My class just reached the Romanesque period in Spanish Art History, and right now we’re talking about all of the changes in art and architecture that came with this era. One of the most interesting developments was the addition of marcas de cantero, or Mason Marks (kind of like an architectural or design signature). For example, we saw pictures of courtyards with one column curved in the opposite direction, or certain arched crosses carved into the walls of several buildings. Artists still never signed their name at that time, but having a consistent mark was their way of showing that the artwork or design came from them. (Side note – before that time, every creation was commissioned by the church, and instead of having individual artists, each project was considered a group effort. Because of that, there were never any individualized “marks” until the Romanesque period, and no real signatures until the Renaissance. Can you tell we have a test coming up in Art History?) That got me thinking: in what ways do people leave their mark?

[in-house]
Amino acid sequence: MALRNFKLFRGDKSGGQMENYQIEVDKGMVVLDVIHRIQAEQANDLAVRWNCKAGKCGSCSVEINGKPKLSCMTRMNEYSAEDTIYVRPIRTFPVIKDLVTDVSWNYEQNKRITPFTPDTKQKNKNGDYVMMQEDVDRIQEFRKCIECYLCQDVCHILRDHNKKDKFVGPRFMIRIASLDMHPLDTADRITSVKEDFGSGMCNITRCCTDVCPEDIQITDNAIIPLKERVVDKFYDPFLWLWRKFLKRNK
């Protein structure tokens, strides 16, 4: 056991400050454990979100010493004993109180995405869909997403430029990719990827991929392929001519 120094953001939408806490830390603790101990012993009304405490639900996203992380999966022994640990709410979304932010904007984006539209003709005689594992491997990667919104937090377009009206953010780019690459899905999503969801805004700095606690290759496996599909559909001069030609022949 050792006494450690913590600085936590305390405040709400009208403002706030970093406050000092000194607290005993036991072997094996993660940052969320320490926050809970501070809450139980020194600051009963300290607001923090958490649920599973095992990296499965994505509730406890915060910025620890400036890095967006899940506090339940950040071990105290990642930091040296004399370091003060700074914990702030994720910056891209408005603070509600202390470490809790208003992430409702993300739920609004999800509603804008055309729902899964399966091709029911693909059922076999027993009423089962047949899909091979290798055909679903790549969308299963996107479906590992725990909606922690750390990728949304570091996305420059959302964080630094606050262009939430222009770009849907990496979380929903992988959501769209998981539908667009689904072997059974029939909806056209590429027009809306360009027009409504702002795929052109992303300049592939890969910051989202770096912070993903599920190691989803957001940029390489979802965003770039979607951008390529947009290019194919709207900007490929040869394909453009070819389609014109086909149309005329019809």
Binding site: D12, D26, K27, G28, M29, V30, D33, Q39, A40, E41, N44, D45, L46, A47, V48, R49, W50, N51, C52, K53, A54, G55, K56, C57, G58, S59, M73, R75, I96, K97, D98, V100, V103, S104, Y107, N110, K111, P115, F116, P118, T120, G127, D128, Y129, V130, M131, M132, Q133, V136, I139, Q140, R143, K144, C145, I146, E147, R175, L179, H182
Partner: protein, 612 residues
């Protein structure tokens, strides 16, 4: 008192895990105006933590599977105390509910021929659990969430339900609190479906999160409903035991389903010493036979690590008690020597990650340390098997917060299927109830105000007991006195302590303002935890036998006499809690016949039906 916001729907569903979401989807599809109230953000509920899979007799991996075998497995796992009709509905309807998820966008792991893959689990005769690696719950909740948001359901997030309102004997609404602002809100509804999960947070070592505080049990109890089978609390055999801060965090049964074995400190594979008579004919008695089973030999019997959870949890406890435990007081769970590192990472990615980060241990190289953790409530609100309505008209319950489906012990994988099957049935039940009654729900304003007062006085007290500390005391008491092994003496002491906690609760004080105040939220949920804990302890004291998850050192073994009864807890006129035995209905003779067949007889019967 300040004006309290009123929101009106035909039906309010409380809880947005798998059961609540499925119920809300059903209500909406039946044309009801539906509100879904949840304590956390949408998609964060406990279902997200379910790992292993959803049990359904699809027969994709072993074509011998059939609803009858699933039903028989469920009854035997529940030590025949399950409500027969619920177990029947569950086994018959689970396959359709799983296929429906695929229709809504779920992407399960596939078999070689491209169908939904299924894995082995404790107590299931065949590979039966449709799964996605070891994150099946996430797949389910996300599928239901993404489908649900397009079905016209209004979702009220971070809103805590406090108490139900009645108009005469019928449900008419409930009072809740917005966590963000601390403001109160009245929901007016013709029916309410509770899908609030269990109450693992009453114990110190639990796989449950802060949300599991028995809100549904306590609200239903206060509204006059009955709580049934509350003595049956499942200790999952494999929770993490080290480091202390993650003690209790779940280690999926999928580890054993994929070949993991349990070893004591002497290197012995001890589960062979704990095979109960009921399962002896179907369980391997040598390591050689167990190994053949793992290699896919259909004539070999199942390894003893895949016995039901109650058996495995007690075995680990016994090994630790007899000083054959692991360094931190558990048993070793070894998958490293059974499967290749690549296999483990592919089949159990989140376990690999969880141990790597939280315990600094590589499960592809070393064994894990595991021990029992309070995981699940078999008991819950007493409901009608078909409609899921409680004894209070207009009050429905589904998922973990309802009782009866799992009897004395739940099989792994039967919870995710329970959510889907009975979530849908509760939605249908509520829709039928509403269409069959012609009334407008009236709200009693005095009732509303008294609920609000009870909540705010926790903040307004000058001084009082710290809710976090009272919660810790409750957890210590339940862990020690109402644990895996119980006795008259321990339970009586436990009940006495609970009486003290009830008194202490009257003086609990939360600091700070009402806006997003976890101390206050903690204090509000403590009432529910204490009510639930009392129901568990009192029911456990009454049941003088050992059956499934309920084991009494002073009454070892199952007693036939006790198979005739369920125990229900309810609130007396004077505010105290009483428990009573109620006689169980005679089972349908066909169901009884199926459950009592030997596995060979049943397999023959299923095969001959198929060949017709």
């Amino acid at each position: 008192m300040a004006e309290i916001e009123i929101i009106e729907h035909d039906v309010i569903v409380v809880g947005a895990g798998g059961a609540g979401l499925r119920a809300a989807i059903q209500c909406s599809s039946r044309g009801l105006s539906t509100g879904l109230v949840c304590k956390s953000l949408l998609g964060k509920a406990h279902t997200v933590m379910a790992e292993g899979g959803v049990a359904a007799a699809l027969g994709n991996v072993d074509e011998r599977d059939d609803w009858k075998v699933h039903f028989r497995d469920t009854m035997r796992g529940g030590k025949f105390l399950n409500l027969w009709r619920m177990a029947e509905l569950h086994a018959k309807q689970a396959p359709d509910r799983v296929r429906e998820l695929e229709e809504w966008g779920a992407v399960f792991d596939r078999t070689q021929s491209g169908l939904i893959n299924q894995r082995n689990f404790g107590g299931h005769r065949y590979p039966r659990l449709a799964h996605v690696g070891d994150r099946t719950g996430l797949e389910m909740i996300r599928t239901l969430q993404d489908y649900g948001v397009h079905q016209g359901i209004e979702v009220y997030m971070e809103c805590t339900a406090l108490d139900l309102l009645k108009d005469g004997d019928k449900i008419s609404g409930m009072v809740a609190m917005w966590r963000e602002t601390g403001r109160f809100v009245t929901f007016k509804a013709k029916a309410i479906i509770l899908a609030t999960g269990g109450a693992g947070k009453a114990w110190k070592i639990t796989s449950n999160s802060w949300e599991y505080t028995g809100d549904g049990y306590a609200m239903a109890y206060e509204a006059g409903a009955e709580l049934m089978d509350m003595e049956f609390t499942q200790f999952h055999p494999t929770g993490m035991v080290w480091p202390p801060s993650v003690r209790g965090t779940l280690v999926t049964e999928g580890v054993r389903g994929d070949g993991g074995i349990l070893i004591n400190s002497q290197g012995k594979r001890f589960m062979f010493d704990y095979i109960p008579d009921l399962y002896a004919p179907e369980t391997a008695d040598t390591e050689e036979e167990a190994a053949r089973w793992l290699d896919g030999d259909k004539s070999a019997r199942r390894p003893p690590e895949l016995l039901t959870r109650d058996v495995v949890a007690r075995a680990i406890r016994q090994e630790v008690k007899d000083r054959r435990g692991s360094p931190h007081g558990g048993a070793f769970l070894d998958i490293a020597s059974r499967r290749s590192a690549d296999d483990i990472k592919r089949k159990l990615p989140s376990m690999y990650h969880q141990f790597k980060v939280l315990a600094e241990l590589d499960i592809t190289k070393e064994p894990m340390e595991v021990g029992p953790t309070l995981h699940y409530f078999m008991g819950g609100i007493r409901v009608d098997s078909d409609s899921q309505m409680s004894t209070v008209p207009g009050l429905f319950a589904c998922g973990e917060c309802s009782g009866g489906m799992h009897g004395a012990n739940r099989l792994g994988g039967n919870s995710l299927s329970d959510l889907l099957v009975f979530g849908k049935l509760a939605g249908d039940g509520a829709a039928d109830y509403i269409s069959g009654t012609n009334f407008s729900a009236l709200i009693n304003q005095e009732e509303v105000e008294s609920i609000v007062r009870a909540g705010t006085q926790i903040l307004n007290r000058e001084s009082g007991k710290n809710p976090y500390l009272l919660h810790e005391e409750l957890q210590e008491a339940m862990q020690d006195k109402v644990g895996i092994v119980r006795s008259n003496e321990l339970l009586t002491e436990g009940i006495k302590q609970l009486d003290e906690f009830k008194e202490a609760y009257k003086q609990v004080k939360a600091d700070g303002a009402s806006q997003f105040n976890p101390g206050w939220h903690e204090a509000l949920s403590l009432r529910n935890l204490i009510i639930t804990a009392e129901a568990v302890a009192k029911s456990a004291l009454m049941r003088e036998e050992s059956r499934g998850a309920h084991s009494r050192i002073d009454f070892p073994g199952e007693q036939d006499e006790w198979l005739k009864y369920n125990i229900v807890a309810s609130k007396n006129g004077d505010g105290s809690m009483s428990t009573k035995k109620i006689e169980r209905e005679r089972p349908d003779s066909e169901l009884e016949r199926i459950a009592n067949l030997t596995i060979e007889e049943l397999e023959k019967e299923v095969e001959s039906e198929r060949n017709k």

That question was still on my mind when we boarded the bus for an amazing weekend in Salamanca, Spain. I kept my eyes open for different ways that people had – literally or figuratively – left their signature. With the help of Laura, our History Professor, I was able to find several different ways, and with the help of my friend and roommate, Emily, I was able to make a mark of my own.